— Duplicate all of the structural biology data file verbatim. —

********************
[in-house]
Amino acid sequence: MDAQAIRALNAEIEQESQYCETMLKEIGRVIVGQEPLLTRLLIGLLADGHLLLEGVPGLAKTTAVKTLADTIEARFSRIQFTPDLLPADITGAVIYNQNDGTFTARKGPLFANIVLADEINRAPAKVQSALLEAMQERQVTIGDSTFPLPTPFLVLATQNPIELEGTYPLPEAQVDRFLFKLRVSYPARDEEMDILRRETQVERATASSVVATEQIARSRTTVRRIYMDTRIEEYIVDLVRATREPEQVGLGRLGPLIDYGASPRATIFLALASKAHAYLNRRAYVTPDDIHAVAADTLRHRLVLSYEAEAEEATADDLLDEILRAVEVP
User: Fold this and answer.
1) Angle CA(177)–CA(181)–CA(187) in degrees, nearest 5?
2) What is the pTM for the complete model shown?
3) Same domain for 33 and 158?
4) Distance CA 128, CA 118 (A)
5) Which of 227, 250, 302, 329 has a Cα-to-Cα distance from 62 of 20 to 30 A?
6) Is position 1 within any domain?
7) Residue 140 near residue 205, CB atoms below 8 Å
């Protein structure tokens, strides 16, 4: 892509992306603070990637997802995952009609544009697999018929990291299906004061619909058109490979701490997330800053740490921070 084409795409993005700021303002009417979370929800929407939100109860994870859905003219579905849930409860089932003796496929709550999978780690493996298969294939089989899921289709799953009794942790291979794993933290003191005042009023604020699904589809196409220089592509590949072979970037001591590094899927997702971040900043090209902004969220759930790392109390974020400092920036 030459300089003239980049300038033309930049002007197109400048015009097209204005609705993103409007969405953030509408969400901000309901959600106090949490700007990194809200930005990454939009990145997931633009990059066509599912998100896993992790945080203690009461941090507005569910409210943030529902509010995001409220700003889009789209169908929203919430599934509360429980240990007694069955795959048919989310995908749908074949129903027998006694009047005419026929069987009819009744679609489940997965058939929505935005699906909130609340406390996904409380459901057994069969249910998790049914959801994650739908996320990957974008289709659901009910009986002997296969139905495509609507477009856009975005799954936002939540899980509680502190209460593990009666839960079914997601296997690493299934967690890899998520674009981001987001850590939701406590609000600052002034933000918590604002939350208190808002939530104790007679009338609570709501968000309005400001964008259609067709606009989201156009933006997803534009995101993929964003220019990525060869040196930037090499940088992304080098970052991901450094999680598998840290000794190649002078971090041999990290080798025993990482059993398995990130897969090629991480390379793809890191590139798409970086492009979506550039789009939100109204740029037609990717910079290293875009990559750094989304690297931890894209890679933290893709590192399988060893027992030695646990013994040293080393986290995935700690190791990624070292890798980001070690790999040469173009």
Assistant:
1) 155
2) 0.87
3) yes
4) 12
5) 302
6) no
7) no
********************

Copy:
[in-house]
Amino acid sequence: MDAQAIRALNAEIEQESQYCETMLKEIGRVIVGQEPLLTRLLIGLLADGHLLLEGVPGLAKTTAVKTLADTIEARFSRIQFTPDLLPADITGAVIYNQNDGTFTARKGPLFANIVLADEINRAPAKVQSALLEAMQERQVTIGDSTFPLPTPFLVLATQNPIELEGTYPLPEAQVDRFLFKLRVSYPARDEEMDILRRETQVERATASSVVATEQIARSRTTVRRIYMDTRIEEYIVDLVRATREPEQVGLGRLGPLIDYGASPRATIFLALASKAHAYLNRRAYVTPDDIHAVAADTLRHRLVLSYEAEAEEATADDLLDEILRAVEVP
User: Fold this and answer.
1) Angle CA(177)–CA(181)–CA(187) in degrees, nearest 5?
2) What is the pTM for the complete model shown?
3) Same domain for 33 and 158?
4) Distance CA 128, CA 118 (A)
5) Which of 227, 250, 302, 329 has a Cα-to-Cα distance from 62 of 20 to 30 A?
6) Is position 1 within any domain?
7) Residue 140 near residue 205, CB atoms below 8 Å
């Protein structure tokens, strides 16, 4: 892509992306603070990637997802995952009609544009697999018929990291299906004061619909058109490979701490997330800053740490921070 084409795409993005700021303002009417979370929800929407939100109860994870859905003219579905849930409860089932003796496929709550999978780690493996298969294939089989899921289709799953009794942790291979794993933290003191005042009023604020699904589809196409220089592509590949072979970037001591590094899927997702971040900043090209902004969220759930790392109390974020400092920036 030459300089003239980049300038033309930049002007197109400048015009097209204005609705993103409007969405953030509408969400901000309901959600106090949490700007990194809200930005990454939009990145997931633009990059066509599912998100896993992790945080203690009461941090507005569910409210943030529902509010995001409220700003889009789209169908929203919430599934509360429980240990007694069955795959048919989310995908749908074949129903027998006694009047005419026929069987009819009744679609489940997965058939929505935005699906909130609340406390996904409380459901057994069969249910998790049914959801994650739908996320990957974008289709659901009910009986002997296969139905495509609507477009856009975005799954936002939540899980509680502190209460593990009666839960079914997601296997690493299934967690890899998520674009981001987001850590939701406590609000600052002034933000918590604002939350208190808002939530104790007679009338609570709501968000309005400001964008259609067709606009989201156009933006997803534009995101993929964003220019990525060869040196930037090499940088992304080098970052991901450094999680598998840290000794190649002078971090041999990290080798025993990482059993398995990130897969090629991480390379793809890191590139798409970086492009979506550039789009939100109204740029037609990717910079290293875009990559750094989304690297931890894209890679933290893709590192399988060893027992030695646990013994040293080393986290995935700690190791990624070292890798980001070690790999040469173009």
Assistant:
1) 155
2) 0.87
3) yes
4) 12
5) 302
6) no
7) no